- Mar 14, 2011
Report: Renault paid informant 250,000 euros in "spy" case
Renault's Zero Emission line-up
Last time we broached the subject of suspected industrial espionage involving automaker Renault, we reported that, according to Reuters, Renault's chief operating officer, Patrick Pelata will likely be the man who:
Turns out, Reuters' source, an unidentified individual that's supposedly "close to the carmaker," may have dished out false intel. Dominque Thormann, chief executive officer of RCl Banque, a wholly-owned subsidiary of Renault, responded to last week's "espionage" reports by posting this on The Alliance's blog:Forms the shield to protect the CEO [Carlos Ghosn]. In this story, somebody has to throw themselves on the grenade.
Renault has made headlines in Paris and beyond with a "spy story" whose cast includes executives, investigators and politicians. The star is Renault, one of Europe's most loved brands. The plot appears to touch on intellectual property and zero-emission cars.
The story invites sensationalism by its very nature, like a Hollywood thriller.
But this week the truth was stretched too far. While the vast majority of media coverage has been credible and fair, a few articles have been laced with too-good-to-be-true quotes from anonymous "leaks" and arm-chair quarterbacking by so-called experts who get their facts wrong. These same sources imply that the case has distracted executives or forced employees to take sides.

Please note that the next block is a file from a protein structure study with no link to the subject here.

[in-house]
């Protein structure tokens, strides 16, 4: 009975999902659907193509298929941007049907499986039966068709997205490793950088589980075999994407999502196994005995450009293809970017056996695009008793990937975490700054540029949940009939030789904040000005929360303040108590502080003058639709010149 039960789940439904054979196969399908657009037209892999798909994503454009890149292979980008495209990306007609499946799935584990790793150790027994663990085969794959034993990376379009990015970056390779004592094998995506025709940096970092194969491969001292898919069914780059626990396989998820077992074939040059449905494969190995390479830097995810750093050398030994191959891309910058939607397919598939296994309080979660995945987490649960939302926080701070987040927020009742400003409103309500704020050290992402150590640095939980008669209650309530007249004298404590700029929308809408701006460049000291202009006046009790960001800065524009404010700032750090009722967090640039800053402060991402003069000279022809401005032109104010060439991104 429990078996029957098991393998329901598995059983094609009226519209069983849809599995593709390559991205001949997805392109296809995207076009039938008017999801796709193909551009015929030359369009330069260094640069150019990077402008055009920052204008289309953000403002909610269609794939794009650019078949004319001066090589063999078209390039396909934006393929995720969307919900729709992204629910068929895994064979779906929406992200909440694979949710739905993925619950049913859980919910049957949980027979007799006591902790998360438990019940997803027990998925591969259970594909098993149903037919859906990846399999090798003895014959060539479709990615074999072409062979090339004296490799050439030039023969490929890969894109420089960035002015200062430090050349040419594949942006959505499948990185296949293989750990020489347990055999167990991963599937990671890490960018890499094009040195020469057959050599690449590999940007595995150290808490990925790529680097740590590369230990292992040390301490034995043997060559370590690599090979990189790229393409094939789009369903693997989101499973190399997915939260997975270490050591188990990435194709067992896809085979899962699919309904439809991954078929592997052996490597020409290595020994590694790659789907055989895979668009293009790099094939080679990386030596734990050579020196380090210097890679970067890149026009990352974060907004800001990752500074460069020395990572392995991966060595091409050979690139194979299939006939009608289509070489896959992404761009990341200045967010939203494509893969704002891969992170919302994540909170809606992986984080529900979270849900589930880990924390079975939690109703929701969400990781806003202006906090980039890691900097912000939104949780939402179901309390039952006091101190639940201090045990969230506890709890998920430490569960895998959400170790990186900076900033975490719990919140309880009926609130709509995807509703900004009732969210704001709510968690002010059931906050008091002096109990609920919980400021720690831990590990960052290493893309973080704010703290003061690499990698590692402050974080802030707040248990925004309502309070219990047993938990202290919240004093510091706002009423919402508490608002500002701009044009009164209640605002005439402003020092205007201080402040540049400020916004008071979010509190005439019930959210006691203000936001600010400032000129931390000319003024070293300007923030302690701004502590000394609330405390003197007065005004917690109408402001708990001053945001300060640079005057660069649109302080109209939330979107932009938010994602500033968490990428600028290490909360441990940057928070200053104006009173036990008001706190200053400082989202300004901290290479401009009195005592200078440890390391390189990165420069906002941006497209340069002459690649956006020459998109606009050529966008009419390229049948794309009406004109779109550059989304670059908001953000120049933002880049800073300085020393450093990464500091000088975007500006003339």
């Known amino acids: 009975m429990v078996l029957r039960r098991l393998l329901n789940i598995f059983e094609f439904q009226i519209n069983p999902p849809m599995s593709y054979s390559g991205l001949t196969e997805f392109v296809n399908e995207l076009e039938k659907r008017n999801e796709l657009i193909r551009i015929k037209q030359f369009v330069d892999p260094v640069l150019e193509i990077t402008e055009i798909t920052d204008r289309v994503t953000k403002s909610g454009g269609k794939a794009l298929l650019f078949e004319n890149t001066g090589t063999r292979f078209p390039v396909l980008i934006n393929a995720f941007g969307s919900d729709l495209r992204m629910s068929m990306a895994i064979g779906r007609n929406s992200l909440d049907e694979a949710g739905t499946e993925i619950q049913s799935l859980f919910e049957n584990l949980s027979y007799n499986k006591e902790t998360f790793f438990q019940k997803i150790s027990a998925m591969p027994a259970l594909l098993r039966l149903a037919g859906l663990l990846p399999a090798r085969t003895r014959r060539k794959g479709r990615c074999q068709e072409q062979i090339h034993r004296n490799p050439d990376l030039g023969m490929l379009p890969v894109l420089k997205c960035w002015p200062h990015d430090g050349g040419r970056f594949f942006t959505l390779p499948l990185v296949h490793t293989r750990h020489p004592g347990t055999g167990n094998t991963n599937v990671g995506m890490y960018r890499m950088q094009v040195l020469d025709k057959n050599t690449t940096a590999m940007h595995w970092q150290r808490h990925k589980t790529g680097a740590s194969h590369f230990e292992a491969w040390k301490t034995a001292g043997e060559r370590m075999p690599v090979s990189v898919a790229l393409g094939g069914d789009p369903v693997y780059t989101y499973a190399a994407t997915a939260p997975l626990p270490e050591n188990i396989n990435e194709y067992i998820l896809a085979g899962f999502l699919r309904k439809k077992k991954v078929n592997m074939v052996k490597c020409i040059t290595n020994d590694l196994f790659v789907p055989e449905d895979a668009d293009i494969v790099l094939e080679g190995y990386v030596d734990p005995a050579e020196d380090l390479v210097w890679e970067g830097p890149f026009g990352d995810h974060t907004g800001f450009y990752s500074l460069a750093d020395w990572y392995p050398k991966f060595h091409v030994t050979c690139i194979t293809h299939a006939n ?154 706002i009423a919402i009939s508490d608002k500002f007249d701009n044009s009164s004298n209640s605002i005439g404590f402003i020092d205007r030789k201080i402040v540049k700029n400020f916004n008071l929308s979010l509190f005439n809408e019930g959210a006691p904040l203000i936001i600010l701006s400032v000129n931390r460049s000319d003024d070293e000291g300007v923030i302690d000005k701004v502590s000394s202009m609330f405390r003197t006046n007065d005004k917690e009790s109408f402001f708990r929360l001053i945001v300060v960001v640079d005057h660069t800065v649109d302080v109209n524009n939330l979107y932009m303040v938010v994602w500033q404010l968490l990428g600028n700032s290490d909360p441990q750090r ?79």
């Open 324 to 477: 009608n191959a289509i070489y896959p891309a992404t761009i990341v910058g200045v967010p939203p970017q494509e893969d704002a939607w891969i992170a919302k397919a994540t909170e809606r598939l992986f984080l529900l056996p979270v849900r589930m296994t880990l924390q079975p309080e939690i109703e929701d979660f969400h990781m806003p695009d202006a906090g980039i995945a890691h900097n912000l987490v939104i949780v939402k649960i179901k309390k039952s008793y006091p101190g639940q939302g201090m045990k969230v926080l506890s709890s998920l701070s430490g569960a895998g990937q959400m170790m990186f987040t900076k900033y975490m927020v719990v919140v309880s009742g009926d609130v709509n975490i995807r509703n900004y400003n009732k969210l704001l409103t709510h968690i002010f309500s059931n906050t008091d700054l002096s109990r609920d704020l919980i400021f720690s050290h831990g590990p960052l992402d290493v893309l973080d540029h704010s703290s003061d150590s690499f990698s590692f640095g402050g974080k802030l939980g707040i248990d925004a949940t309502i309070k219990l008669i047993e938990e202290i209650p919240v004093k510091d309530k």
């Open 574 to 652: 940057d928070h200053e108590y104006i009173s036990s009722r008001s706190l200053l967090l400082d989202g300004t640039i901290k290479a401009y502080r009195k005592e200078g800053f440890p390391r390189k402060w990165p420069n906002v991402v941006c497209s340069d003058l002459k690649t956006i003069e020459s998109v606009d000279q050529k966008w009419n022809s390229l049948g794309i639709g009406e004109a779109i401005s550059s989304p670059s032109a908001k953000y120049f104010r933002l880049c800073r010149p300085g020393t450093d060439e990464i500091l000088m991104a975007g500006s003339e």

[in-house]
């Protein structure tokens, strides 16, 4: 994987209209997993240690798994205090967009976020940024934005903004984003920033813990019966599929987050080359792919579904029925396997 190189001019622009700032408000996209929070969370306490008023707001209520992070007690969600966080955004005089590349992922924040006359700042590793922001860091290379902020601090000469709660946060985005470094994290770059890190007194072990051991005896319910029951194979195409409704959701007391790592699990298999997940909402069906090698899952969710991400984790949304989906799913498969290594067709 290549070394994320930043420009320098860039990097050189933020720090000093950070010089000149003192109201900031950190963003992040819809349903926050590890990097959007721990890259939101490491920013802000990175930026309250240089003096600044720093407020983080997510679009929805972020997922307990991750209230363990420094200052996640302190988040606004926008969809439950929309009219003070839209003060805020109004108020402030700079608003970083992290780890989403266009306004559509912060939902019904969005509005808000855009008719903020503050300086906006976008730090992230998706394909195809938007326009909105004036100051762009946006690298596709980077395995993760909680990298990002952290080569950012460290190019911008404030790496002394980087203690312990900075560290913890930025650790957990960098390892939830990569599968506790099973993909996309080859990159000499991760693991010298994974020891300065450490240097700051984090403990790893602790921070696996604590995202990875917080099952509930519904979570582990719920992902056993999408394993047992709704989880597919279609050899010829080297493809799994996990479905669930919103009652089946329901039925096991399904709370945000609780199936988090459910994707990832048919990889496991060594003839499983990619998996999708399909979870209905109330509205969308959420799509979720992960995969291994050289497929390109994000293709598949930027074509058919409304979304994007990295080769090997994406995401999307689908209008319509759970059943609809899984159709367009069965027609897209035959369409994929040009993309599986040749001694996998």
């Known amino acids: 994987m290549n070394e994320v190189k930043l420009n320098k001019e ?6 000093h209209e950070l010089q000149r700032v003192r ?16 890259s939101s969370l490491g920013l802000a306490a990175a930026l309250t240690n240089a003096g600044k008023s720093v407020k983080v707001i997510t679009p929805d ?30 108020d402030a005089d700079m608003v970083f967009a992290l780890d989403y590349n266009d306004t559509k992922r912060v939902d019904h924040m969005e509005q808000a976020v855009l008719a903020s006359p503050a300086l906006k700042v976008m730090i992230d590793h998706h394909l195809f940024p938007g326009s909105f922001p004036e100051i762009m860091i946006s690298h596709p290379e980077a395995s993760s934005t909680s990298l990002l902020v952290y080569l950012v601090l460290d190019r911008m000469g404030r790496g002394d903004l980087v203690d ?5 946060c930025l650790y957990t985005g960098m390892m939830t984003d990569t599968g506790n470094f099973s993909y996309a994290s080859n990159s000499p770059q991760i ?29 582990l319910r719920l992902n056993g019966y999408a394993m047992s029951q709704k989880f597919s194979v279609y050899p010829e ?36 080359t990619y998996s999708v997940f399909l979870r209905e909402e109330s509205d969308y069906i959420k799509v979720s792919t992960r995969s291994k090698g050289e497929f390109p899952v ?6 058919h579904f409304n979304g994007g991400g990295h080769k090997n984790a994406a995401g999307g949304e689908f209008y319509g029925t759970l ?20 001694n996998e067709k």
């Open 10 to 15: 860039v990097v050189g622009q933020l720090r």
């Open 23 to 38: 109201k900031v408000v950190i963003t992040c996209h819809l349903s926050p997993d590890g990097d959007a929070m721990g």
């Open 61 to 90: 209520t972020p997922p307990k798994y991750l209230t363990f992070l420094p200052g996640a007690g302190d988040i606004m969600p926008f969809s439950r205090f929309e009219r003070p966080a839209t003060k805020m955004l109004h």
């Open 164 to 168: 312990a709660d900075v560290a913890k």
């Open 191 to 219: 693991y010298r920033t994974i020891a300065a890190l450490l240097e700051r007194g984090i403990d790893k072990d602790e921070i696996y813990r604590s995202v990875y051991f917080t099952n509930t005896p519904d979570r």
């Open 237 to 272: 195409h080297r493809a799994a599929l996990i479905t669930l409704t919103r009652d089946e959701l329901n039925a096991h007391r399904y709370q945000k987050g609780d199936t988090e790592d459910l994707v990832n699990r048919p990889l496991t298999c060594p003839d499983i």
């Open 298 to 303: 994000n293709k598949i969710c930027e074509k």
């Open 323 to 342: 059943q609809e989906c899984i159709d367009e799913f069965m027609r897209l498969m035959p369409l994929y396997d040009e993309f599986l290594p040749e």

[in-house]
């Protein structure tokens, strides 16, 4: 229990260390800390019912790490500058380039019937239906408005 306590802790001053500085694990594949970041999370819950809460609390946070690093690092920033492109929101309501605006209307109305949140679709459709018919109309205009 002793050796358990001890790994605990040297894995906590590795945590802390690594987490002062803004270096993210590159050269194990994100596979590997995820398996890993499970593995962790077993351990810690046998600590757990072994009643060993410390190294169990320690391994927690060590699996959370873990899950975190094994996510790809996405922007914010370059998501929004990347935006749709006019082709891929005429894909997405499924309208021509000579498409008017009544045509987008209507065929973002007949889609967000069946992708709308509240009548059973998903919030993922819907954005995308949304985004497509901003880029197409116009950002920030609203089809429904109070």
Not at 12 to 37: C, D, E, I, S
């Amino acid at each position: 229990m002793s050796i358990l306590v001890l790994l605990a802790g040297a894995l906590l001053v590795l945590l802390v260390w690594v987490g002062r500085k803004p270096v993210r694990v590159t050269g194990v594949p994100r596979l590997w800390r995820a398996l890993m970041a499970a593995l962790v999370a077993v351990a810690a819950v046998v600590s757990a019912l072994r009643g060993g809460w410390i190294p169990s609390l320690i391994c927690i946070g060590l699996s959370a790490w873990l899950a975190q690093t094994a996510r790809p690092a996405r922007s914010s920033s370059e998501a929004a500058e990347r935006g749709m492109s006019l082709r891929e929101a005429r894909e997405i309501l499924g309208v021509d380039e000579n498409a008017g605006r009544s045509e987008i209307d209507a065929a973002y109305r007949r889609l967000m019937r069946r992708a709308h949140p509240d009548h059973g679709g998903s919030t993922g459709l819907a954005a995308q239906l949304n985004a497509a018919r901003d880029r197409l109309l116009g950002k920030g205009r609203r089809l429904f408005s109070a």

Now, Reuters is reporting that Renault, probably through an intermediary, paid an informant 250,000 euros ($347,200 U.S. at the current exchange rate) for information that sparked a probe into the suspected espionage case. Apparently, Renault's execs don't know the identity of the informant, but two of the automaker's security managers do. Renault has asked that the security managers, who were arrested by authorities last Friday, reveal the identity of the mysterious informant to French police.This is nonsense. It's not true, no matter how desperately pundits try to turn this into a novel by John Le Carré.
Thorman closed out his blog post with this chunk of positive info:
Just like in Hollywood, the story continues.Renault has ascertained that its technology did not get into the wrong hands, thus enabling the company to continue to push forward its visionary mission of sustainable and affordable transportation for mainstream consumers. No amount of drama can mask this essential truth.
[Source: Reuters, Renault-Nissan blog]